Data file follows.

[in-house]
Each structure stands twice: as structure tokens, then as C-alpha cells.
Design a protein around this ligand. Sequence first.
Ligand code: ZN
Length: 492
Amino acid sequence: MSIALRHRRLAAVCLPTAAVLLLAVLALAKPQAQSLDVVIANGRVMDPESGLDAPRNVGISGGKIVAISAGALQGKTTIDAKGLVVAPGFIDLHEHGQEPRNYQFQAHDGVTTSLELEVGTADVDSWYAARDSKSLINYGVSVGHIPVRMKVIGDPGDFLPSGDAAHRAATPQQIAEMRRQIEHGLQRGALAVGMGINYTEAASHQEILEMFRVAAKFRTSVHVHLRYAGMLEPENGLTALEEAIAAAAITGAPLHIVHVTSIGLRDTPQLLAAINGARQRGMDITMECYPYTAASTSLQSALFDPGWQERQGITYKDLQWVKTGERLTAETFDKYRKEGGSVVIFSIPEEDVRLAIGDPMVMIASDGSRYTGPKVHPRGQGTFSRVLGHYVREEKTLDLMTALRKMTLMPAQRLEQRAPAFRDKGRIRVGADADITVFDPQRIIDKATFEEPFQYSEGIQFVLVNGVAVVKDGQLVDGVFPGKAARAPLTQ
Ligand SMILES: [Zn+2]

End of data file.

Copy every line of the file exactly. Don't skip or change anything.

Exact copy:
[in-house]
Each structure stands twice: as structure tokens, then as C-alpha cells.
Design a protein around this ligand. Sequence first.
Ligand code: ZN
Length: 492
Amino acid sequence: MSIALRHRRLAAVCLPTAAVLLLAVLALAKPQAQSLDVVIANGRVMDPESGLDAPRNVGISGGKIVAISAGALQGKTTIDAKGLVVAPGFIDLHEHGQEPRNYQFQAHDGVTTSLELEVGTADVDSWYAARDSKSLINYGVSVGHIPVRMKVIGDPGDFLPSGDAAHRAATPQQIAEMRRQIEHGLQRGALAVGMGINYTEAASHQEILEMFRVAAKFRTSVHVHLRYAGMLEPENGLTALEEAIAAAAITGAPLHIVHVTSIGLRDTPQLLAAINGARQRGMDITMECYPYTAASTSLQSALFDPGWQERQGITYKDLQWVKTGERLTAETFDKYRKEGGSVVIFSIPEEDVRLAIGDPMVMIASDGSRYTGPKVHPRGQGTFSRVLGHYVREEKTLDLMTALRKMTLMPAQRLEQRAPAFRDKGRIRVGADADITVFDPQRIIDKATFEEPFQYSEGIQFVLVNGVAVVKDGQLVDGVFPGKAARAPLTQ
Ligand SMILES: [Zn+2]